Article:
A Modernist German architect and designer of furniture and fitments, Kramer's reputation mainly derived from the work that he carried out on the Neue Frankfurt (the New Frankfurt) project under the leadership of Municipal Architect Ernst May. He had studied architecture in Munich immediately after the First World War, followed by a brief spell at the Weimar Bauhaus. He contributed a number of designs to the Deutscher Werkbund's 1924 exhibition entitled Form ohne Ornament (Form without Ornament) that was committed to the rejection of historical ornament, as well as the individualism of Expressionism. In 1925 he joined the municipal architecture at Frankfurt where, in addition to working on a number of housing projects, he also designed standardized related furniture and household equipment, including an efficient coal‐burning stove, lighting, and door handles. Other designs that he produced during these years included the 1927 Kramerstuhl (Kramer Chair) and the 1929 combined wardrobe and linen chest, both manufactured by Thonet. Family concerns forced him to emigrate to the USA in 1938, returning to Frankfurt in 1952.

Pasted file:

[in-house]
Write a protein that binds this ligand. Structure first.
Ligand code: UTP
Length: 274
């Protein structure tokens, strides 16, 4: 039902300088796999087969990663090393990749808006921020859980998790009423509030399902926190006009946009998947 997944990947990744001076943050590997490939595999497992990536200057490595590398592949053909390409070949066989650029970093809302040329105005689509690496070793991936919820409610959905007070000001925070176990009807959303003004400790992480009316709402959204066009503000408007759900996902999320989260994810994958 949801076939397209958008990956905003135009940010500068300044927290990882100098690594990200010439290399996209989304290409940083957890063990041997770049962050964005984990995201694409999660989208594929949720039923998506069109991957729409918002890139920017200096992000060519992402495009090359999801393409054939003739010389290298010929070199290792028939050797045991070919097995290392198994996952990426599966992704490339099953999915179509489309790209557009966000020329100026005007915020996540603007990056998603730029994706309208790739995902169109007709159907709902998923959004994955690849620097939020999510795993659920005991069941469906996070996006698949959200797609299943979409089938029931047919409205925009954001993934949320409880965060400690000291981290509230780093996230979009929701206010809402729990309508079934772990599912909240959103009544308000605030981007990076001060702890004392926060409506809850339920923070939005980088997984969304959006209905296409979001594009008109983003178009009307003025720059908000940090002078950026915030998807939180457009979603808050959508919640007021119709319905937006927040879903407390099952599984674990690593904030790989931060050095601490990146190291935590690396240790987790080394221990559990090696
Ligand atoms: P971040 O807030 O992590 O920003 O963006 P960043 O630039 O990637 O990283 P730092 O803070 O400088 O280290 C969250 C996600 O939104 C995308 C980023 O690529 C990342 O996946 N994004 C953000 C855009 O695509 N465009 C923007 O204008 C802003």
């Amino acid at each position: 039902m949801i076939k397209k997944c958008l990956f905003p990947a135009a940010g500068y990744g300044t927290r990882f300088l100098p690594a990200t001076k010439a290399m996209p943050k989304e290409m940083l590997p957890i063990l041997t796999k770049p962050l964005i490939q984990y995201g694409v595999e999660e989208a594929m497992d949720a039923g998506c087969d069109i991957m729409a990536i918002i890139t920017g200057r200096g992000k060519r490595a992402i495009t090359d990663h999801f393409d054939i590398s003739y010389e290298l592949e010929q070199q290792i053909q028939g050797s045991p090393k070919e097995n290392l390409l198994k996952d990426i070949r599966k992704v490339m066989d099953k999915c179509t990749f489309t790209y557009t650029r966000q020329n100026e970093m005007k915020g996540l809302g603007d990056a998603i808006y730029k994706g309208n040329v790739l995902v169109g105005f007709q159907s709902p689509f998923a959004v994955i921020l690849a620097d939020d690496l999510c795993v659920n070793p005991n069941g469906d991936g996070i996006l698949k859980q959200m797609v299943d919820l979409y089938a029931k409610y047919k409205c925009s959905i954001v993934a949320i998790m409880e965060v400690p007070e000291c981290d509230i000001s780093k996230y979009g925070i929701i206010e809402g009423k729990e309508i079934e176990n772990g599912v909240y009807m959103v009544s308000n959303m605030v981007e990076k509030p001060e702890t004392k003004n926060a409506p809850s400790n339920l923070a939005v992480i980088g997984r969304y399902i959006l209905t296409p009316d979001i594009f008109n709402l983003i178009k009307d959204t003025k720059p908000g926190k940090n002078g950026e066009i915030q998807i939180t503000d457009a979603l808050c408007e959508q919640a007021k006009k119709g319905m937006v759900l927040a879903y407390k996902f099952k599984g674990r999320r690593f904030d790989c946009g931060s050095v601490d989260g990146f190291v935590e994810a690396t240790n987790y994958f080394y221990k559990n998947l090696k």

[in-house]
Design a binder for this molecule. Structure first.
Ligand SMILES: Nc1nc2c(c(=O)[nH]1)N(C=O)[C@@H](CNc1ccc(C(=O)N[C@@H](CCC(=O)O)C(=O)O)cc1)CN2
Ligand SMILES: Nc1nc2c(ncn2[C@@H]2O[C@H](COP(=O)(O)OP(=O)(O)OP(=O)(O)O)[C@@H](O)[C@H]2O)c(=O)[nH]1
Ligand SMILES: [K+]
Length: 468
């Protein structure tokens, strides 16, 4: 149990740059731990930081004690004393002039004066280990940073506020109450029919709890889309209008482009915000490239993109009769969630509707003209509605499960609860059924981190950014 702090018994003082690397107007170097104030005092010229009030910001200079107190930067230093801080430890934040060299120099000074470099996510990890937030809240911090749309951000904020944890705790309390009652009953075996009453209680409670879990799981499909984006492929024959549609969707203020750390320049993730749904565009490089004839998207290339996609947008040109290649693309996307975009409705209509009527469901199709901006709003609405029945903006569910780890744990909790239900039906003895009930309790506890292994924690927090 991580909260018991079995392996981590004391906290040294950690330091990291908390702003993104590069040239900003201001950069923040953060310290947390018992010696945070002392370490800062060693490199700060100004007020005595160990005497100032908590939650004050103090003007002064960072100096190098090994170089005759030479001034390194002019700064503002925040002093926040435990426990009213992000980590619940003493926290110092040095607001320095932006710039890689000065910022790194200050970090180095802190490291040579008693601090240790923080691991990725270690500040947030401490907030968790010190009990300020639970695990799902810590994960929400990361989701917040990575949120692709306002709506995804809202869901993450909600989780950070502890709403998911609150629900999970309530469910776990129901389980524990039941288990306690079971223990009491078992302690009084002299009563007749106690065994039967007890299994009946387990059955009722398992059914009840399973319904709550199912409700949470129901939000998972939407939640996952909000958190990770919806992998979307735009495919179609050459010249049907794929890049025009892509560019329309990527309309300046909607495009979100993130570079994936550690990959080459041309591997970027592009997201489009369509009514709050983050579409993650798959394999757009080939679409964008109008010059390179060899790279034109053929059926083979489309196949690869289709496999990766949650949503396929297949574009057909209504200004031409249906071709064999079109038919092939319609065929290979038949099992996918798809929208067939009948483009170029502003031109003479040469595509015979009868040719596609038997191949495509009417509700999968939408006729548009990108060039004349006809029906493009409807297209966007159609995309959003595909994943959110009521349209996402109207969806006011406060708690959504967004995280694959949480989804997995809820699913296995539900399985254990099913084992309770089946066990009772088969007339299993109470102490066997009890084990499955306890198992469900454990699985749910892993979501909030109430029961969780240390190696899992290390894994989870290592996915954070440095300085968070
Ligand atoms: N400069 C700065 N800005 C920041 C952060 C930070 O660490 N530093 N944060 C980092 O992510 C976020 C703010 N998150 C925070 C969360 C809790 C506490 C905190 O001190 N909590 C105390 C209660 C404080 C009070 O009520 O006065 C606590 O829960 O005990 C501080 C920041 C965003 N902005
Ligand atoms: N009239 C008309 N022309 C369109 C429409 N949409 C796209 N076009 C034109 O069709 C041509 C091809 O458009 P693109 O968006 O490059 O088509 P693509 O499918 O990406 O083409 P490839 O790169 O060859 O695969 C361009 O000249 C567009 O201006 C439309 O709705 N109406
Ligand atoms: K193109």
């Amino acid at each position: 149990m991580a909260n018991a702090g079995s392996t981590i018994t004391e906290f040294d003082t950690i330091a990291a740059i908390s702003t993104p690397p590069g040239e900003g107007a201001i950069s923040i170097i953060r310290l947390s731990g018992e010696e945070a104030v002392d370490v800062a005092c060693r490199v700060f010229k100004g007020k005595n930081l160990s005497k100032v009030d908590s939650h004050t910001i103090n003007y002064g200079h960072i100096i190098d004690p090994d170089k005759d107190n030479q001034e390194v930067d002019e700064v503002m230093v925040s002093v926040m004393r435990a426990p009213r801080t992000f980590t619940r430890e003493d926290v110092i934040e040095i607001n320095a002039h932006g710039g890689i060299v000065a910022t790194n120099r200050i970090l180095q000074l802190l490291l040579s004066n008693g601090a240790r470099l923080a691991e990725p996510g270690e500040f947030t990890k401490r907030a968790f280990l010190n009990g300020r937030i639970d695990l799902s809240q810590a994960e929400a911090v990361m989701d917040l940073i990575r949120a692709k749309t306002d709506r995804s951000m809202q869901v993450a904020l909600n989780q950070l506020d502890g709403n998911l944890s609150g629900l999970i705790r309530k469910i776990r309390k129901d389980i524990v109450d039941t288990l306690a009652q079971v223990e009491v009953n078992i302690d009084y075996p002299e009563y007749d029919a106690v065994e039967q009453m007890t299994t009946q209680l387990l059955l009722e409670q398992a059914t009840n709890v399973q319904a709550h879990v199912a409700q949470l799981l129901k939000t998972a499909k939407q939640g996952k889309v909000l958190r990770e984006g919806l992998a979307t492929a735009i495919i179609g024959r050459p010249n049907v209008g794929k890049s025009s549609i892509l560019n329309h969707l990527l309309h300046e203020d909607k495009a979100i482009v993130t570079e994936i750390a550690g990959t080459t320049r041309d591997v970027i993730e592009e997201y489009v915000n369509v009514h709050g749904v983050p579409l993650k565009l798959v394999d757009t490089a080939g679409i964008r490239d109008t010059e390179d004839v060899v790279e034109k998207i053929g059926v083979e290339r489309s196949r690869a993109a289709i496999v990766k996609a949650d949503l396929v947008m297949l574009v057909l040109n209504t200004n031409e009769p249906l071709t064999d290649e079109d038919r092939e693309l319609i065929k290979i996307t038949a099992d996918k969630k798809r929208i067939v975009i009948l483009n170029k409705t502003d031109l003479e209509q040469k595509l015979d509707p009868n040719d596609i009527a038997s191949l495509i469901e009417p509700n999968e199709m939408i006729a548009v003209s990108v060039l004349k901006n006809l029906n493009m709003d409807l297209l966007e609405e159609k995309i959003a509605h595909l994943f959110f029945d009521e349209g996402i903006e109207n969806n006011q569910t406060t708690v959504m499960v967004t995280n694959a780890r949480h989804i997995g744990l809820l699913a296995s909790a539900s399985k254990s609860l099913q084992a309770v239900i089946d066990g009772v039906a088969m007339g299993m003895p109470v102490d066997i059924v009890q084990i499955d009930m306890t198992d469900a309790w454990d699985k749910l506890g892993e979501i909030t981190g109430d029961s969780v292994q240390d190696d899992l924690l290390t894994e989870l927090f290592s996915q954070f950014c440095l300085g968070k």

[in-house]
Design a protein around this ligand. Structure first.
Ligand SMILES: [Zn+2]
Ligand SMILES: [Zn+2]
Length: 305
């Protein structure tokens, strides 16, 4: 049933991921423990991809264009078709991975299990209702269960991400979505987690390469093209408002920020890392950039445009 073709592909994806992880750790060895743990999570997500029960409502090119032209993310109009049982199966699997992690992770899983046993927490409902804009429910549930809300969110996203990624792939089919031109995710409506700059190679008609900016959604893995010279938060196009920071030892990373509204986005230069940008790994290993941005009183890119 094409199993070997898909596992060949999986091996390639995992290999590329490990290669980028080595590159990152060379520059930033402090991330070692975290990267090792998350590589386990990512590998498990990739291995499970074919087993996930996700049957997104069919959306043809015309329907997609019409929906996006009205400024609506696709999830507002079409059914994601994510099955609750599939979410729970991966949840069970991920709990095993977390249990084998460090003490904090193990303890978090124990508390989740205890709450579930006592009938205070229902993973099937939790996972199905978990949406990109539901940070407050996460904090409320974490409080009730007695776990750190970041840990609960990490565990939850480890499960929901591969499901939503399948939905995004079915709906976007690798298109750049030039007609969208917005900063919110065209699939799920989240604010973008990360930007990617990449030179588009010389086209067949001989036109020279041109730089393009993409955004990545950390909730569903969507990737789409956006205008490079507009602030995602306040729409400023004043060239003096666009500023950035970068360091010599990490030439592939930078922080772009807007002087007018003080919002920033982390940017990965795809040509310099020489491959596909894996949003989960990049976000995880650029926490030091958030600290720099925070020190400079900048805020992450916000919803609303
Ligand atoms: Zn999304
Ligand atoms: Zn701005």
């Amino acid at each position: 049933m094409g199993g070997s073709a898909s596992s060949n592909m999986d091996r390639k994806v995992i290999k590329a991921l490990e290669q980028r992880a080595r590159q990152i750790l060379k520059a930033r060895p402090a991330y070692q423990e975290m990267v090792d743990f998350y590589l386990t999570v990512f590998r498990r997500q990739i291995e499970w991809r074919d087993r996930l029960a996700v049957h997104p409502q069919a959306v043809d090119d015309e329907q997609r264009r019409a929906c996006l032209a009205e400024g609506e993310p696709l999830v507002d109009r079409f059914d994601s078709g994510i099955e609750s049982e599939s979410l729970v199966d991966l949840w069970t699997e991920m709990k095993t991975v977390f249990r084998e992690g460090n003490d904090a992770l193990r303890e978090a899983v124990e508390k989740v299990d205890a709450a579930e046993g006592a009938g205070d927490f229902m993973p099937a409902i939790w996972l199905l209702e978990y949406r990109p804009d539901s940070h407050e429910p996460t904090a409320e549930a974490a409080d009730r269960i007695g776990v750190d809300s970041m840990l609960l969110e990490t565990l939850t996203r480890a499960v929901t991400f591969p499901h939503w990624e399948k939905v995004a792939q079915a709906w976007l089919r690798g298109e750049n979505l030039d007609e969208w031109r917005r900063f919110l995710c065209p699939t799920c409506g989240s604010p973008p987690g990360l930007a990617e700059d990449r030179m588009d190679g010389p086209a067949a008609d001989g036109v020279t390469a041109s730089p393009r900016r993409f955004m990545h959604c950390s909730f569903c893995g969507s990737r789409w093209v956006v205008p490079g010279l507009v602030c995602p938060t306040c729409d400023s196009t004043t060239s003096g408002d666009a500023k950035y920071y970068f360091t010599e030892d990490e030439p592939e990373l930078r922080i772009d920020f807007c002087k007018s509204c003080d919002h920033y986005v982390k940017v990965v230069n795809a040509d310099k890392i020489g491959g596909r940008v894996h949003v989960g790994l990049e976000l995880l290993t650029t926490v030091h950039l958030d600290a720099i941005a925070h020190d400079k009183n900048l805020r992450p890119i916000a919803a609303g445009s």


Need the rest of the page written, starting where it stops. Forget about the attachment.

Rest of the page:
Subjects: Industrial and Commercial Art.